Marcia Clark, the former Los Angeles prosecutor from the O.J. Simpson trial, makes her fiction debut with Guilt by Association, featuring her alter ego, Assistant DA Rachel Knight.
What led you to choose a career in law?
I had wanted to work in the State Department. I spoke four languages, and thought that was something that I could do. But back then [the mid '70s], they had basically just asked me if I could type, which wasn't what I had in mind. I decided to try law school, and from the first couple of months, I knew that I wanted to do criminal law.
How did you transition from courtroom attorney to novelist?
I've wanted to write fiction since I was a little kid, but I wanted to live indoors and wasn't sure I could manage that if I wrote fiction for a living. And then I had kids, and there was no time when I felt comfortable that my writing skills could earn enough. When my kids were grown, and I had an appellate practice, I thought I'd take a shot at this. I saw Tales of the City on television and loved it so much, the writing, the characters, going into another world, and decided that I wanted to share with everybody else the incredible fun, excitement, fulfillment, satisfaction, and camaraderie of being a prosecutor.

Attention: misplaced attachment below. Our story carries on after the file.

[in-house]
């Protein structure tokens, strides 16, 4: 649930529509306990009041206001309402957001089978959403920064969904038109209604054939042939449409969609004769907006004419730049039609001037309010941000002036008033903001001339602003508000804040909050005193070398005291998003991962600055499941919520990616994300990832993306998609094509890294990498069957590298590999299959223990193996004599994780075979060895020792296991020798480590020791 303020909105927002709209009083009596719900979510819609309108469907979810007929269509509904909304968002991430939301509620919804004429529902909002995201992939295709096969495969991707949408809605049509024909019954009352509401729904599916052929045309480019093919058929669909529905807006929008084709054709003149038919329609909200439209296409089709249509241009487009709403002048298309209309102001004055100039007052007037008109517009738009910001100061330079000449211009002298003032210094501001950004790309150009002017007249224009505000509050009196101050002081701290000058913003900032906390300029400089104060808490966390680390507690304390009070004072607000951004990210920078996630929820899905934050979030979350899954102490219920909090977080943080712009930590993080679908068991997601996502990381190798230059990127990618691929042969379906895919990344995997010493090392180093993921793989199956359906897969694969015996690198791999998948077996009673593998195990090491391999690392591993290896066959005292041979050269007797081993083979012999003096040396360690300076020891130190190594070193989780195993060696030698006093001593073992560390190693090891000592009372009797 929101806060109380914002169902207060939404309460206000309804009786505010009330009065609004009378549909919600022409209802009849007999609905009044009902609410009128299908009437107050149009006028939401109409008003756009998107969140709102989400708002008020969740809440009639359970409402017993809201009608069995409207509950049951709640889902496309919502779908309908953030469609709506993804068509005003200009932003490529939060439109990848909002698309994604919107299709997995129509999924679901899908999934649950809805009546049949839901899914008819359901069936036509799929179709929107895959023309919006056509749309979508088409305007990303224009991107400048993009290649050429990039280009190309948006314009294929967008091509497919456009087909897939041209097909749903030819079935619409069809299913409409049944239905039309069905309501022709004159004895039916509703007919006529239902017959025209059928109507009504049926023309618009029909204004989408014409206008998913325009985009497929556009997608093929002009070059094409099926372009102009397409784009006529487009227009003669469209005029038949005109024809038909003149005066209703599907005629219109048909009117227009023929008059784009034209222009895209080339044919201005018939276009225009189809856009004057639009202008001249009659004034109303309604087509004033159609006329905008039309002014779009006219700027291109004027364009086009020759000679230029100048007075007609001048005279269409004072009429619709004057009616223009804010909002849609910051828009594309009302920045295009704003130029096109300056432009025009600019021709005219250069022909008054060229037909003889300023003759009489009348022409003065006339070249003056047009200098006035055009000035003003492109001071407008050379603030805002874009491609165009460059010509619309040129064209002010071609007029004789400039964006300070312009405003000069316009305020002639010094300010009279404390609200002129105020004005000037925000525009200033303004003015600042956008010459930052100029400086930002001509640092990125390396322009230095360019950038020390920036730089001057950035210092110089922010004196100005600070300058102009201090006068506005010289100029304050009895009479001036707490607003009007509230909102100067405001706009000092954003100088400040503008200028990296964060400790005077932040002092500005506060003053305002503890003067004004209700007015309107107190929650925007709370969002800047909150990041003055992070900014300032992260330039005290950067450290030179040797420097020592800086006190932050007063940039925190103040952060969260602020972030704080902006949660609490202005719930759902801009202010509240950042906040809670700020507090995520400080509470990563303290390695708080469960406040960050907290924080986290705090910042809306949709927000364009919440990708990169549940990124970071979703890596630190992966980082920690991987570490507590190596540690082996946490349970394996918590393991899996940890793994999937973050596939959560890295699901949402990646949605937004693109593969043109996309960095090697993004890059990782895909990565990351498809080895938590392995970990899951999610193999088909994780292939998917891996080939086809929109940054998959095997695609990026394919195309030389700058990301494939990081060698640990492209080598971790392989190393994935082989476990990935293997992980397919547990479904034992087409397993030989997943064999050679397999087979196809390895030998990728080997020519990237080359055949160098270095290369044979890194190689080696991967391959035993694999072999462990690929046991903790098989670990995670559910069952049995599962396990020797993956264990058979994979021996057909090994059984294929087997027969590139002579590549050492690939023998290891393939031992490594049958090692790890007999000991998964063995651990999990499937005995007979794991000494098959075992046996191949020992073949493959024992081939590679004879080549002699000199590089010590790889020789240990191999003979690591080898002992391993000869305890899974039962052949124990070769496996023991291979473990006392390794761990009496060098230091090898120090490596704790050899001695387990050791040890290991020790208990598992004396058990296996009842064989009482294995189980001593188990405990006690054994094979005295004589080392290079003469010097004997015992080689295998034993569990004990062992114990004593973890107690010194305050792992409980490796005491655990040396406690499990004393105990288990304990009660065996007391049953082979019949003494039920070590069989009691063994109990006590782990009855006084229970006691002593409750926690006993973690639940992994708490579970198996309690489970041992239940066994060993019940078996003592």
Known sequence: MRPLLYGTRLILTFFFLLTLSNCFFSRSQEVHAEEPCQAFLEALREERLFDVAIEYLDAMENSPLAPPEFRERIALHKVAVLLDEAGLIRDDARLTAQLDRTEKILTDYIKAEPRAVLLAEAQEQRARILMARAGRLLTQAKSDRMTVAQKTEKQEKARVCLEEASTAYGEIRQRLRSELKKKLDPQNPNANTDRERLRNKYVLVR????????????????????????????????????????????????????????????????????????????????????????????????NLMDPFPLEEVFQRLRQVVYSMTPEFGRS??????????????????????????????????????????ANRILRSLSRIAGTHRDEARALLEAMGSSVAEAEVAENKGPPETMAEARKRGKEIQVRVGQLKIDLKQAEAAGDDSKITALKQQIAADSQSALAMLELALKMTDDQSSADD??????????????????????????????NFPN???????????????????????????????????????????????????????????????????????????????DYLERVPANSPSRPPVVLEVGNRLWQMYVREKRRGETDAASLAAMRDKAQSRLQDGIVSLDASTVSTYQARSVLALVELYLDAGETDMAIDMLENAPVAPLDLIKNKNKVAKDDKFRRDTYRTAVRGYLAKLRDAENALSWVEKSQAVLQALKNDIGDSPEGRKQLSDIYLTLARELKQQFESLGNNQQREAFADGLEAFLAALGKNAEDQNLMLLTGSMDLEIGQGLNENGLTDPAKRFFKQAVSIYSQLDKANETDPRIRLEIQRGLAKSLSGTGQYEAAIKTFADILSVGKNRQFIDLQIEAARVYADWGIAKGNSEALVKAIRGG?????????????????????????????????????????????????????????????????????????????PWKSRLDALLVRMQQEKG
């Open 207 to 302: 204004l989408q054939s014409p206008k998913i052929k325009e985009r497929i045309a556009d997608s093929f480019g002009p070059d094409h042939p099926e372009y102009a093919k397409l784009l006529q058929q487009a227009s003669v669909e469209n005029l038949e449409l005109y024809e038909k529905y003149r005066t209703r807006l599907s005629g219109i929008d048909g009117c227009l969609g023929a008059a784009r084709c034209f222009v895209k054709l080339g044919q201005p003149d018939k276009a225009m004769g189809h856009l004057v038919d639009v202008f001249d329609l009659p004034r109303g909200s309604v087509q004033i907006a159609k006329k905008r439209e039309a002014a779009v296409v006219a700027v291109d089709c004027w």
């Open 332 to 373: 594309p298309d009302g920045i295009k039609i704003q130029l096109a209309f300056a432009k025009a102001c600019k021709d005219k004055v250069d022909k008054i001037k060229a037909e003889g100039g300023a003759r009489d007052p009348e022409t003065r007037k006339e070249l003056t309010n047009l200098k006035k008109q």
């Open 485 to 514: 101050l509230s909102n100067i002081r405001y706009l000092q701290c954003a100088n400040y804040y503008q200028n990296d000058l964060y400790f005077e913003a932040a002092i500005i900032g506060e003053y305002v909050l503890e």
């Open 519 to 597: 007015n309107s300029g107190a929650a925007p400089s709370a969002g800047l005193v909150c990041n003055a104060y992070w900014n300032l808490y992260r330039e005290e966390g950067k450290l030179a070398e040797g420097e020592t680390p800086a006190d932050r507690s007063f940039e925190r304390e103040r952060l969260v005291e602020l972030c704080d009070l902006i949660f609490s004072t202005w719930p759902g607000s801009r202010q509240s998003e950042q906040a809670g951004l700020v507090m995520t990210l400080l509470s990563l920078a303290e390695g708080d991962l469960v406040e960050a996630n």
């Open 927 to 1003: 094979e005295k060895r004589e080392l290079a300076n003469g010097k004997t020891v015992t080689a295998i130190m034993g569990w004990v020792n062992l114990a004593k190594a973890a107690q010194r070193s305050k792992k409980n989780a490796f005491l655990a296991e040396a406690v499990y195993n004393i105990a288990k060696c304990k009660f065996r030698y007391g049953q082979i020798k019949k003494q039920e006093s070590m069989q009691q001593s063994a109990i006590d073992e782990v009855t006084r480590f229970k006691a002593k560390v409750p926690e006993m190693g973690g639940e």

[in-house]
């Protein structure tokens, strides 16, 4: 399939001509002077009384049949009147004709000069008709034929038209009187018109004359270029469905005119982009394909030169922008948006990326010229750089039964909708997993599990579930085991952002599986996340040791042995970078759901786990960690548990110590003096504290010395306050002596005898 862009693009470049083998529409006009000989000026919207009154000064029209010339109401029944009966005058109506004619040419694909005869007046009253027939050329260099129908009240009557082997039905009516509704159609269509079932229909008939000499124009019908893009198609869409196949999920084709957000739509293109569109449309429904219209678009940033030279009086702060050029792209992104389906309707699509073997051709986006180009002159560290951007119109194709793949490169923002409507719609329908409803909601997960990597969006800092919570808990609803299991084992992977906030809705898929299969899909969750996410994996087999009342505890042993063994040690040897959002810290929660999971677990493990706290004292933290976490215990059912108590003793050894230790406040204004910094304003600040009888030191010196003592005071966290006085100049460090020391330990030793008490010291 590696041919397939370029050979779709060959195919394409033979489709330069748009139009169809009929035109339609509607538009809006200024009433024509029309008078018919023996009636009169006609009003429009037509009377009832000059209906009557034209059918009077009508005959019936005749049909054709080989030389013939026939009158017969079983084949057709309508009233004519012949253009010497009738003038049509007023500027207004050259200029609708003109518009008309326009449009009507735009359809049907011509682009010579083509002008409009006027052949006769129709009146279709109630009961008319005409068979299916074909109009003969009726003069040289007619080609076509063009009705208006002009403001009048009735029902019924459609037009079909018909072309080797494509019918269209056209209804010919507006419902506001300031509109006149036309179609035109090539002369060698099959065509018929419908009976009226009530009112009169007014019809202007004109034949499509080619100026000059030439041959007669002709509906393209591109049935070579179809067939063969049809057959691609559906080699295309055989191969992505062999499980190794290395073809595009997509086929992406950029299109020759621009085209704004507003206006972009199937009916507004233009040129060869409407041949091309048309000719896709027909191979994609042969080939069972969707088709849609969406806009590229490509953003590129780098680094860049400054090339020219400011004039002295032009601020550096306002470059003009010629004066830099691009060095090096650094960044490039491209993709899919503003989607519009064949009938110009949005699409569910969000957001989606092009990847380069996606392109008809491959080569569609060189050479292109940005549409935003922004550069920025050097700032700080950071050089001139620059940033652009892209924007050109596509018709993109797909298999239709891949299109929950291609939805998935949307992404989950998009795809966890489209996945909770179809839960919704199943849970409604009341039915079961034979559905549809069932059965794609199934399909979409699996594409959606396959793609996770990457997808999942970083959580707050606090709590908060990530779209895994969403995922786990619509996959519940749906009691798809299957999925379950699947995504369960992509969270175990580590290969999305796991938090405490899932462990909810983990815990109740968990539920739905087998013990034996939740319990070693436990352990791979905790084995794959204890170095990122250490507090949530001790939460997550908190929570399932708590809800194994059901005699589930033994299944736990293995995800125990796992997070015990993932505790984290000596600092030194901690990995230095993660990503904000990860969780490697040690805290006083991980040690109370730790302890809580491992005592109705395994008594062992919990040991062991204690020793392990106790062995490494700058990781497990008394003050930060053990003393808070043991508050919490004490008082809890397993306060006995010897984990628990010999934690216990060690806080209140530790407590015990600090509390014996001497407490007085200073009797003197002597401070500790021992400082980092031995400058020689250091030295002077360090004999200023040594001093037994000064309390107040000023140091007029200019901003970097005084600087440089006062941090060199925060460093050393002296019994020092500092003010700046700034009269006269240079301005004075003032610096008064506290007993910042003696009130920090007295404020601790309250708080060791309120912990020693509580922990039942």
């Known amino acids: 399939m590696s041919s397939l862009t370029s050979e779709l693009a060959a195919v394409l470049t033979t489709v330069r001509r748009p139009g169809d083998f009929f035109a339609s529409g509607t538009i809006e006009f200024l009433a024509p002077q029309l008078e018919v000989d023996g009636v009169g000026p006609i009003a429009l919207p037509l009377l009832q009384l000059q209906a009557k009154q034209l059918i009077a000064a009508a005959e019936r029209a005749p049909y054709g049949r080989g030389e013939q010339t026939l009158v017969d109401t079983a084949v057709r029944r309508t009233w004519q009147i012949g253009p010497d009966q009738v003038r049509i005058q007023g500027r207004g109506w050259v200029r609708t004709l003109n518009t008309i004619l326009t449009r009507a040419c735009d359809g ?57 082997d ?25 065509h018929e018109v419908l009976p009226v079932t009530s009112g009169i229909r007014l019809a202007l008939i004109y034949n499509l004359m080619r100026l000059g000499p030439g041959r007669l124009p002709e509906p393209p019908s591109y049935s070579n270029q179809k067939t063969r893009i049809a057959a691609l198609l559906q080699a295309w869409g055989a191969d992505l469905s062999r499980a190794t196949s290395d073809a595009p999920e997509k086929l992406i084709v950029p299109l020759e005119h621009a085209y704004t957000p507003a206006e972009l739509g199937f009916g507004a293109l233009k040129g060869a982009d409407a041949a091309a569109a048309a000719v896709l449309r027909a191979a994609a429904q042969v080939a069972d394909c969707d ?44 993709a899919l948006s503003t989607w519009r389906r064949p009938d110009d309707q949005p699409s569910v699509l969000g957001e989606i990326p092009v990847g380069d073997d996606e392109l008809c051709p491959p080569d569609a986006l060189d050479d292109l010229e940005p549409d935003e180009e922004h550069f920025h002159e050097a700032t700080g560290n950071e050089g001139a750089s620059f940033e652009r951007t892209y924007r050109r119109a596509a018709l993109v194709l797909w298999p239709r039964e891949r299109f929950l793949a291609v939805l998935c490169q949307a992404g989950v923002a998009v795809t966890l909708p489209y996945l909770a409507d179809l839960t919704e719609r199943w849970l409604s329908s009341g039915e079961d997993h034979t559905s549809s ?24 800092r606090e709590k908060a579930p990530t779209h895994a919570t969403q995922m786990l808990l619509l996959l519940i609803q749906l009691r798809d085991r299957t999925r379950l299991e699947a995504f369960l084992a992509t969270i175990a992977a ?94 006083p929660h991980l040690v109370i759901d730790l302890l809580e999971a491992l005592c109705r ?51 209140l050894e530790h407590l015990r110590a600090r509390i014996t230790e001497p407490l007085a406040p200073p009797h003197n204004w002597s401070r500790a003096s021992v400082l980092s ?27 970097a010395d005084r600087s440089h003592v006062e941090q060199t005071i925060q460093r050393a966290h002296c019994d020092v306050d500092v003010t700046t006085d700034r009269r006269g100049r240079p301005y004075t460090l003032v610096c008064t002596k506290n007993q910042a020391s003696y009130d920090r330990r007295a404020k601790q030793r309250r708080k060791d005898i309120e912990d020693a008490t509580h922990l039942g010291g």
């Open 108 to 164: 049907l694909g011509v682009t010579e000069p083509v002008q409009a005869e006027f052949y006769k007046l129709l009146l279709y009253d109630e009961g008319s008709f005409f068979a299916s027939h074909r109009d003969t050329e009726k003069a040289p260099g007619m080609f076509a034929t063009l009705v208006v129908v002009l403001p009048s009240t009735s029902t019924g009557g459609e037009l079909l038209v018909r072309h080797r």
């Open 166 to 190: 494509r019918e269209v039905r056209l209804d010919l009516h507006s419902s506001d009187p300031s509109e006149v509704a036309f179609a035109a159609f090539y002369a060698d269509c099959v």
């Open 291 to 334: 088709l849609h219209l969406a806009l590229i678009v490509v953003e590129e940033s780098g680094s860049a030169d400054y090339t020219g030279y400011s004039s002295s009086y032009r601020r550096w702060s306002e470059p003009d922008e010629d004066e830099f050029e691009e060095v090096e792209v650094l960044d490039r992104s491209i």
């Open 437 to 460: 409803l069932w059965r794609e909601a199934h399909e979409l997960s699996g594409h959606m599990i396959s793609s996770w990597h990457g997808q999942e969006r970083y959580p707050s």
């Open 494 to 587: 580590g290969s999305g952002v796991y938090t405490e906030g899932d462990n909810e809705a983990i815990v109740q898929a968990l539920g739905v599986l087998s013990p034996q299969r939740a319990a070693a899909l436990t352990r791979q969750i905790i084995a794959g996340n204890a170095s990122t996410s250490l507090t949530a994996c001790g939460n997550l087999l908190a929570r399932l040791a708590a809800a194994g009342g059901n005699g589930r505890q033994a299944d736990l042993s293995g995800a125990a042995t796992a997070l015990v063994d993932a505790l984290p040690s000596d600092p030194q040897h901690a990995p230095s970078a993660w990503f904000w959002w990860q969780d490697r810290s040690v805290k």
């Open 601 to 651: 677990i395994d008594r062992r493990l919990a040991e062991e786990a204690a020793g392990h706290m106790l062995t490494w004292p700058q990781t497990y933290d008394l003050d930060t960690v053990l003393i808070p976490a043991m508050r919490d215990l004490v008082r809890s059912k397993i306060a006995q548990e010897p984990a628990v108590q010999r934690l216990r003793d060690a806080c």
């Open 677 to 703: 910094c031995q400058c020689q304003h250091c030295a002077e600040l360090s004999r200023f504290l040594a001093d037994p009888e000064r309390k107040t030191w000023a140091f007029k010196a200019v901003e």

How much of Rachel is you?
Rachel's my avatar. She's better than me in every way possible—she's smarter, she's tougher, she's stronger, funnier, prettier, younger. She's flawed—don't get me wrong—she still has me in there, so she has a big mouth, she says the wrong things to the wrong people, she pisses people off, she can be too abrasive, and she can be too direct. At the end of the day, though, she's a good friend, a good-hearted person, who wants to do the right thing, and cares deeply about the victim and justice.
What about Los Angeles makes it a unique setting for your novel?
I've had the privilege of living in a lot of big cities; L.A. is distinct—it's such a sprawl that it's almost an amalgam of different cities. As a result of the geography, the traffic is almost a character in the book. It takes so long to get from point A to point B that people wind up talking about personal stuff in the car. That dynamic changes the way people interact. It's really hard to run into someone that you know here, and that makes for a whole different feeling.